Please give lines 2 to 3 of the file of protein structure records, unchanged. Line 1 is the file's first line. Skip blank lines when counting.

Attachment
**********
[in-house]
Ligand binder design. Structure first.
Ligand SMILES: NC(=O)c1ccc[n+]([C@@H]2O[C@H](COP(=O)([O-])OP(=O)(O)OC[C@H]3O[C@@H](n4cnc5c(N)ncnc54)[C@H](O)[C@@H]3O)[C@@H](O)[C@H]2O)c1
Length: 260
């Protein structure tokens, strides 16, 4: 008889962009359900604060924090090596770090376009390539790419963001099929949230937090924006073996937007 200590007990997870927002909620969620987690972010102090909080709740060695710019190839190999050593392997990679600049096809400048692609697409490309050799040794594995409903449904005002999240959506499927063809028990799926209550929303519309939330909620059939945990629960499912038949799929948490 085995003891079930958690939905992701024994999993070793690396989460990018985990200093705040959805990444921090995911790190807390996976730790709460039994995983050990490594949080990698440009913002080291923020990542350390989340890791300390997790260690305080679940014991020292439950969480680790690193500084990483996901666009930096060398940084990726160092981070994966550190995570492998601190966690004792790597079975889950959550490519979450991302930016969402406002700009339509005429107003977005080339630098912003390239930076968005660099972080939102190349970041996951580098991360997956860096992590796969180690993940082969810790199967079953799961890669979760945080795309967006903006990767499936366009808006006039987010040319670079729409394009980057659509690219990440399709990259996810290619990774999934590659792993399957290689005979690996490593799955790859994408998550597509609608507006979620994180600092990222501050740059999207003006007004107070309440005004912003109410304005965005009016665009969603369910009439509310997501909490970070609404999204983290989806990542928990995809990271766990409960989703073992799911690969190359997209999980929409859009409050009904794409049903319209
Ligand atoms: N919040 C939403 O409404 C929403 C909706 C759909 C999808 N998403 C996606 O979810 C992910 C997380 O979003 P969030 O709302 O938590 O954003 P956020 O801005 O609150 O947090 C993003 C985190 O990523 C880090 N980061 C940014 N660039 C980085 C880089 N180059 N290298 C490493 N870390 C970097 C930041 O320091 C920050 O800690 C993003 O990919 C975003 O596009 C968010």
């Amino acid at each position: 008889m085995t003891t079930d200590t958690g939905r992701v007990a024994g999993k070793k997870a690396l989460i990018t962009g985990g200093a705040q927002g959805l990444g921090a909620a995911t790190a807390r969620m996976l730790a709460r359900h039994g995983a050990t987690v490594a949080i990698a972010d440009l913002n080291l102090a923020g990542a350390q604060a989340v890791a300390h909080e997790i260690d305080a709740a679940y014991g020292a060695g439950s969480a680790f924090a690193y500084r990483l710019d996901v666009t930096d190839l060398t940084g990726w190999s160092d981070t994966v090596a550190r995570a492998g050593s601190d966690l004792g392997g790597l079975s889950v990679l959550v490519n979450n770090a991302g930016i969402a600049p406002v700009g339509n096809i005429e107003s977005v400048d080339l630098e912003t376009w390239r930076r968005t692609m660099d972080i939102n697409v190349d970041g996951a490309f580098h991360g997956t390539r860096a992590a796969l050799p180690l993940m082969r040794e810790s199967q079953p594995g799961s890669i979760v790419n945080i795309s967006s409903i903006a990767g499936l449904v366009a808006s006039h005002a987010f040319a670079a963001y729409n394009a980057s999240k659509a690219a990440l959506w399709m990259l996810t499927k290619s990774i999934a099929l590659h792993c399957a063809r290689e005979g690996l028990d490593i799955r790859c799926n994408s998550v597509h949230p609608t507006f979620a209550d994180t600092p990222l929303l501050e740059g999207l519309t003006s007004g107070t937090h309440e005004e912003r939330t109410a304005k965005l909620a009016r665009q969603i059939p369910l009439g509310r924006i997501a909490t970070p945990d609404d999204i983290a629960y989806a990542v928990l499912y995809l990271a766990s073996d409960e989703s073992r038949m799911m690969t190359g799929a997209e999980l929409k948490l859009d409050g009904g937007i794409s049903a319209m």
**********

Ligand binder design. Structure first.
Ligand SMILES: NC(=O)c1ccc[n+]([C@@H]2O[C@H](COP(=O)([O-])OP(=O)(O)OC[C@H]3O[C@@H](n4cnc5c(N)ncnc54)[C@H](O)[C@@H]3O)[C@@H](O)[C@H]2O)c1